Dscf3345_1Well, the folks at Verizon and Adelphia/Comcast might not be pleased to hear it, but Burlington Telecom — the city's municipally owned fiber to the home network — is now a reality. I took a tour of the new BT headquarters at 200 Church Street on Monday with Richard Donnelly, Tim Nulty, and Joe Wool. Joe, apparently, is one of the original owners of the first cable TV station in Burlington, which he says he started in the late 1970s.  He recently contacted Burlington Telecom and expressed his approval for their project, so they invited him to stop by for a tour.

Dscf3346_1The new BT facility is pretty exciting. It's still under construction, and you can still see white hard hats on shelves in some of the offices. And the secure downstairs room that contains the network components is still mostly empty. But the place is definitely buzzing with activity. Tim and Richard showed off all the fancy equipment, some of which is currently being used to provide internet access to about 40 beta testers. They say they'll have both phone and cable TV service up and running by the end of the year. A big grand opening is planned for sometime in January.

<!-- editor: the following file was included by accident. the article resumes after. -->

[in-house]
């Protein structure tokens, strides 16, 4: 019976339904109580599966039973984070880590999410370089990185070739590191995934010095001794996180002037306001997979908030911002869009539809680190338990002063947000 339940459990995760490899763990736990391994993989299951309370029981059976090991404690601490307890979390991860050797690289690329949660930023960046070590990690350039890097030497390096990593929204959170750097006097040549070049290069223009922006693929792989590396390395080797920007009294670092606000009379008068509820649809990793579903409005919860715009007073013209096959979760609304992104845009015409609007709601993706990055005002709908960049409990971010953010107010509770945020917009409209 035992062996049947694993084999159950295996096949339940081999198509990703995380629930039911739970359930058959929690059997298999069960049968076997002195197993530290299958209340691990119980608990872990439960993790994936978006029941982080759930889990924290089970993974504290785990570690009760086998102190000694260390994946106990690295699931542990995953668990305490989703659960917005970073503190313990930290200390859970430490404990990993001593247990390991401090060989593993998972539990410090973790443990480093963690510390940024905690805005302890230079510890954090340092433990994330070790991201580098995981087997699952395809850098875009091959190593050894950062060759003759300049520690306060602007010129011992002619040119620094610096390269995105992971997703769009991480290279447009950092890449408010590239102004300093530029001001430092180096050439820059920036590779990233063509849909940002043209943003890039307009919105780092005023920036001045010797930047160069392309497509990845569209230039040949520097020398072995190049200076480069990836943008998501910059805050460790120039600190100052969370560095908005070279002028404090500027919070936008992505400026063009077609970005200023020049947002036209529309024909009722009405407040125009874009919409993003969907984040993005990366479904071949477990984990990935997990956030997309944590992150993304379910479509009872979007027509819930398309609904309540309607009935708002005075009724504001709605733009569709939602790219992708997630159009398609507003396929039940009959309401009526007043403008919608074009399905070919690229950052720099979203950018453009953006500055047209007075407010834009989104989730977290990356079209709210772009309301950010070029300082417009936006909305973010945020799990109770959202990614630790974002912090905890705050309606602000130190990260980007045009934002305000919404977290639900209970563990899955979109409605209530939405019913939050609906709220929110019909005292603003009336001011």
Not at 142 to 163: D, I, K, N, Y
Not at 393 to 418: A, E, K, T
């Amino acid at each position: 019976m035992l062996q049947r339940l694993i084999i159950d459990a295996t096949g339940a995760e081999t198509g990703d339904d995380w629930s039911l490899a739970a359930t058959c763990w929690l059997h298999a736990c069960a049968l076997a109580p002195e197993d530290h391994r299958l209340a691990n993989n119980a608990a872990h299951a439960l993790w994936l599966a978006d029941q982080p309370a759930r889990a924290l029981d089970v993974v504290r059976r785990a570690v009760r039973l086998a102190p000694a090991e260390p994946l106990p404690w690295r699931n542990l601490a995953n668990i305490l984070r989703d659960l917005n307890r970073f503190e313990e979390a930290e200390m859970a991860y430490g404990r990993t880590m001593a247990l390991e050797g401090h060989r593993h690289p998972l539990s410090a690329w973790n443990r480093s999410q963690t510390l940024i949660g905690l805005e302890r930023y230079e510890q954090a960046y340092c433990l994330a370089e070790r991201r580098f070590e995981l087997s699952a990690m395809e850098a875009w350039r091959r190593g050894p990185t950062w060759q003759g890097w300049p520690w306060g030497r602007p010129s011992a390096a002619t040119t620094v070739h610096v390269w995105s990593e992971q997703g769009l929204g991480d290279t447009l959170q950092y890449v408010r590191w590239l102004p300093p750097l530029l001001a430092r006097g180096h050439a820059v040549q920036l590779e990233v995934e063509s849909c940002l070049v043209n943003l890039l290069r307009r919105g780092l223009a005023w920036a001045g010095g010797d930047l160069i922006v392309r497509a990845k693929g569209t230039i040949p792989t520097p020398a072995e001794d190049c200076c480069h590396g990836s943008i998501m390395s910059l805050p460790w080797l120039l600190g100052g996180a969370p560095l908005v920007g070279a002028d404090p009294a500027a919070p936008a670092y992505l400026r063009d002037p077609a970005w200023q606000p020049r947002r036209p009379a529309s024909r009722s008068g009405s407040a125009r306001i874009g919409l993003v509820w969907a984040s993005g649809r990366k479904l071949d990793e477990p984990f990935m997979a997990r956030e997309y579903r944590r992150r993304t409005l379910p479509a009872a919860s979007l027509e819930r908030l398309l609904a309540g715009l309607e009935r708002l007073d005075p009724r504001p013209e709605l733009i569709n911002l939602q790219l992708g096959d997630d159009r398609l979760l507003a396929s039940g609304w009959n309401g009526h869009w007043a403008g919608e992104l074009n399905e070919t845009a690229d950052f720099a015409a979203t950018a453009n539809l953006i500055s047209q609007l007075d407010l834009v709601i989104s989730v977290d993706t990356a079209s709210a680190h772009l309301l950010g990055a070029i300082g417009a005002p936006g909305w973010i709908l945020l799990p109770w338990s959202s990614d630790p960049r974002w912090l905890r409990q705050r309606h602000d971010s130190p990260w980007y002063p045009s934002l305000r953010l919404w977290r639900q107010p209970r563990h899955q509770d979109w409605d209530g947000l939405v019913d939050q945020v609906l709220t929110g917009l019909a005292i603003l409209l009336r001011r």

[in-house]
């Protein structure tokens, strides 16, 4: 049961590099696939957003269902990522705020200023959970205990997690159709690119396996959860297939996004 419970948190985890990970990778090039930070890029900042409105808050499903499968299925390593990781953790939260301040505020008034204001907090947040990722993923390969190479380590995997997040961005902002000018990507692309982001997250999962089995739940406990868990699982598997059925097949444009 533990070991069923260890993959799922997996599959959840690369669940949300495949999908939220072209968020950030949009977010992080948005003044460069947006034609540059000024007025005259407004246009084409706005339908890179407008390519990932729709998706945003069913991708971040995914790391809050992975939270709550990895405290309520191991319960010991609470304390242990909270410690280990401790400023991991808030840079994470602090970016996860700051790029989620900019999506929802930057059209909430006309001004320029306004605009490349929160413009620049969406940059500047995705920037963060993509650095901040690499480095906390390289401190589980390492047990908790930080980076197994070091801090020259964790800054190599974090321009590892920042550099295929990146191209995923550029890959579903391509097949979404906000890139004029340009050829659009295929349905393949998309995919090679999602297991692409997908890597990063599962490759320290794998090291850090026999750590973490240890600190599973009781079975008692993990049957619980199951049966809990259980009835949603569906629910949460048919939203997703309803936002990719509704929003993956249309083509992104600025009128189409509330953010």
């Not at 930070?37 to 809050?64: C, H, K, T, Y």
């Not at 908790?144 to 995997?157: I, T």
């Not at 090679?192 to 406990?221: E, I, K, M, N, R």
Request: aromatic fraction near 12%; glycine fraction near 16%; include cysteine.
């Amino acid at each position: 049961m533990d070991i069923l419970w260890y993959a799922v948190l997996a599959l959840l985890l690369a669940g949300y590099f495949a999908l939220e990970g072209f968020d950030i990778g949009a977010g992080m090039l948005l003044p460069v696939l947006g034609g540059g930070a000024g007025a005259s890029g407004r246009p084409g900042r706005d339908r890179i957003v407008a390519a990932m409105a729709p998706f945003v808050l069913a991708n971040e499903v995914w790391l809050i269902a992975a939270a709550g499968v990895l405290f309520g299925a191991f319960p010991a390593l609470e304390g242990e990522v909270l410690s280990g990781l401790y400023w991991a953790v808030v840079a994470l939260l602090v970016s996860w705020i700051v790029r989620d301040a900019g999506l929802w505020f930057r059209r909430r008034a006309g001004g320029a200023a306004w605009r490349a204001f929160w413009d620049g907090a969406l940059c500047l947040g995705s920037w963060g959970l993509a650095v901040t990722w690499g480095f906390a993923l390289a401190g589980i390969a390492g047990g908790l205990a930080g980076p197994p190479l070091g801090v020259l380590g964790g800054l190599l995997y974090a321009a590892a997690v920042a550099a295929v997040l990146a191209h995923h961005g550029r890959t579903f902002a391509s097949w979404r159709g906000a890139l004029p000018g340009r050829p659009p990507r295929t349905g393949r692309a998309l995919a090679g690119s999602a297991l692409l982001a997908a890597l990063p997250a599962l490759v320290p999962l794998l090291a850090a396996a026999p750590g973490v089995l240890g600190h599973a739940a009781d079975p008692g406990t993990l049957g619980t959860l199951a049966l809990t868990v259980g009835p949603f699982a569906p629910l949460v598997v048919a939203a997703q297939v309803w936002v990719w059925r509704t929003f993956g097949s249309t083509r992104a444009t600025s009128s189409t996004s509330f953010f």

I had a good time talking with Joe, who seemed a little overwhelmed by all these gizmos. At one point he stopped, surveyed the whole room, and said, amazed, "I was in this business once upon a time!" Tim, another telecom industry vet, gestured at a two foot-tall telephone switch box. "When I got in this business 35 years ago, this equipment would have taken up the whole building," he said.Dscf3354

The photos are of Richard, Joe, and Tim, the network hub and there's a shot of Joe staring at a tiny triple play fiber cable, capable of carrying unimaginable amounts of data.

December 7, 2005 at 02:17 PM in Wi-fi/Broadband Access in VT | Permalink | Comments (0) | TrackBack

Tuesday, December 06, 2005

New Orleans wifi: BellSouth is pissed

This is too bad, but not surprising. From Saturday's Washington Post:

Hours after New Orleans officials announced Tuesday that they would deploy a city-owned, wireless Internet network in the wake of Hurricane Katrina, regional phone giant BellSouth Corp. withdrew an offer to donate one of its damaged buildings that would have housed new police headquarters, city officials said yesterday.